Inderscience Publishers

An evaluation of post-hurricane recovery of oil and gas platforms destroyed in the 2004-2005 Gulf of Mexico hurricane seasons

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Hurricanes Ivan, Katrina, and Rita passed through the Gulf of Mexico during 2004 and 2005 and resulted in the largest number of destroyed and damaged offshore structures in the history of Gulf operations. In the final official government assessment, a total of 120 platforms were destroyed and over 183 structures were identified as having extensive damage. One deepwater floating structure, Chevron's mini tension-leg platform Typhoon, was destroyed. According to Minerals Management Service production data, 21 destroyed platforms have restarted production, but by December 2008, only two of these structures were still producing. Gas structures appear more successful than oil structures in redevelopment and apparently present better economics and production potential. Eleven of the 14 redevelopment plans on leases that contained destroyed infrastructure are for gas structures. We review pre- and post-hurricane production, revenue, and drilling characteristics for the collection of destroyed structures that have been redeveloped and compare against structures that have not submitted redevelopment plans. We present a screening tool to assess the redevelopment potential of producing structures and estimate the percentage of remaining reserves that have been captured during post-hurricane recovery. We estimate that 60% of the 63 MMBOE of reserves impacted by the hurricanes will be recovered. [Received: April 08, 2009; Accepted: May 26, 2009]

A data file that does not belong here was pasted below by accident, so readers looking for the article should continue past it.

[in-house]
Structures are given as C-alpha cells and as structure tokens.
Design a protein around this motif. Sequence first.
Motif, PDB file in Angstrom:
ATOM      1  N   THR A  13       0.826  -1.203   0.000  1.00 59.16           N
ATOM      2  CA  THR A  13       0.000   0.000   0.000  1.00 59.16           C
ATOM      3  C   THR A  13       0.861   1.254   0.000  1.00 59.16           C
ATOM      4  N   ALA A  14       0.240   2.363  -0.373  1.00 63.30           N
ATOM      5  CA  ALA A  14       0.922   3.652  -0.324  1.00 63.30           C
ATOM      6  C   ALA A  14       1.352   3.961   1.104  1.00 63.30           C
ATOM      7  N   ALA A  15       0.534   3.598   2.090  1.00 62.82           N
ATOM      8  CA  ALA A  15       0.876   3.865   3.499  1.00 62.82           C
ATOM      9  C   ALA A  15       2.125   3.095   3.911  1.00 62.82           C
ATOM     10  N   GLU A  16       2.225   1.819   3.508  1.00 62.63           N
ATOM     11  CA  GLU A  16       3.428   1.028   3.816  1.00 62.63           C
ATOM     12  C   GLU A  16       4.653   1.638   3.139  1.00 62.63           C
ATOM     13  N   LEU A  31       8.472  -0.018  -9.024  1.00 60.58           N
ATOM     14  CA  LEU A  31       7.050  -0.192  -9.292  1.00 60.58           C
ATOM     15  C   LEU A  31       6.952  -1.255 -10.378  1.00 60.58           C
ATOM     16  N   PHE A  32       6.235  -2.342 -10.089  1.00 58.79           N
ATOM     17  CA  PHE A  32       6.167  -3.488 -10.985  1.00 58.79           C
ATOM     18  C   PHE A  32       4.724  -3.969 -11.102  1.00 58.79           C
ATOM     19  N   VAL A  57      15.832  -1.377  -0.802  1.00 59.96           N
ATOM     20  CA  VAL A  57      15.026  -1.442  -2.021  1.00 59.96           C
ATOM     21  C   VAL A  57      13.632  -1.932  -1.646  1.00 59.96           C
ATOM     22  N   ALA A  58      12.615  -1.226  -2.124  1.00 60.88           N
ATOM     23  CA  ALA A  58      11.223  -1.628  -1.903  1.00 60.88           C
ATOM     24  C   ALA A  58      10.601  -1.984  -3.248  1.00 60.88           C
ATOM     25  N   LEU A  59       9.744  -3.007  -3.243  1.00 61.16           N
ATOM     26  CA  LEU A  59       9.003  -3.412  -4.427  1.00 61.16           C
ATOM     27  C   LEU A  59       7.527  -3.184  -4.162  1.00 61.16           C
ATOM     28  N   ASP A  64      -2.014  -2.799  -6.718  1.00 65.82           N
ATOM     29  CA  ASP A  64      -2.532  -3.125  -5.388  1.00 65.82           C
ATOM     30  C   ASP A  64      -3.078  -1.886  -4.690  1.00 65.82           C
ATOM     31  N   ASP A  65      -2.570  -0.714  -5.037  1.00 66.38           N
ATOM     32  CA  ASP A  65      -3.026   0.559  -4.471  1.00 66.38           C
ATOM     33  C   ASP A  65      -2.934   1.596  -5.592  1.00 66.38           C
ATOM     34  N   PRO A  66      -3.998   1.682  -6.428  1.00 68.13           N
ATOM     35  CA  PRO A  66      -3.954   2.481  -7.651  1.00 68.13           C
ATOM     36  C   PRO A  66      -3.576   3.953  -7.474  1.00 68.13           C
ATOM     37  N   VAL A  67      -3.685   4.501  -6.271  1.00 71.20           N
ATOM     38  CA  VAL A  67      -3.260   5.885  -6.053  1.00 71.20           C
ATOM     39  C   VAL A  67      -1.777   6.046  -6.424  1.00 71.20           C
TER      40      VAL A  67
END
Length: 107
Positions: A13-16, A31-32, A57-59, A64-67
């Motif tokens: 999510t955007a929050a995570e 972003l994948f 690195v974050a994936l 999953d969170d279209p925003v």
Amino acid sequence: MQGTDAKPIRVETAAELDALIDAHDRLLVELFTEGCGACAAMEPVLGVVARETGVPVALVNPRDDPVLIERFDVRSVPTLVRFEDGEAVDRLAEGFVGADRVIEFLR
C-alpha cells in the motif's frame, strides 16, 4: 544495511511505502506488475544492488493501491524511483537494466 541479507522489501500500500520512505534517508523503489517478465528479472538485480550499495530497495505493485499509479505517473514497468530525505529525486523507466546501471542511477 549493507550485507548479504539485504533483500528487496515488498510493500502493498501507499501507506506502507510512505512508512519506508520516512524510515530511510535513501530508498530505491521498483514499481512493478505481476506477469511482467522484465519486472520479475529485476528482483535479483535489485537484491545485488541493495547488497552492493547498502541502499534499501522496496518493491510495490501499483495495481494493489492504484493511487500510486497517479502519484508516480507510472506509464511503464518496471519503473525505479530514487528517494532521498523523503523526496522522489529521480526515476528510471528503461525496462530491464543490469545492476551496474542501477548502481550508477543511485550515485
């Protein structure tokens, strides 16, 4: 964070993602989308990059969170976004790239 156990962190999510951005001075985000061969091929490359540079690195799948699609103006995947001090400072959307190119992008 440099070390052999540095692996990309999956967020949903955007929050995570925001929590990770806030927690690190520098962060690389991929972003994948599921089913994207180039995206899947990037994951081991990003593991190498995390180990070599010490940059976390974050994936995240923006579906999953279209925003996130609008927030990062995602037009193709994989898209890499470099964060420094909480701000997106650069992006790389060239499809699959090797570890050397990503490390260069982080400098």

Keywords: hurricane destruction, post-hurricane recovery, reserves estimation, redevelopment strategies, oil platforms, gas platforms, Gulf of Mexico, offshore structures

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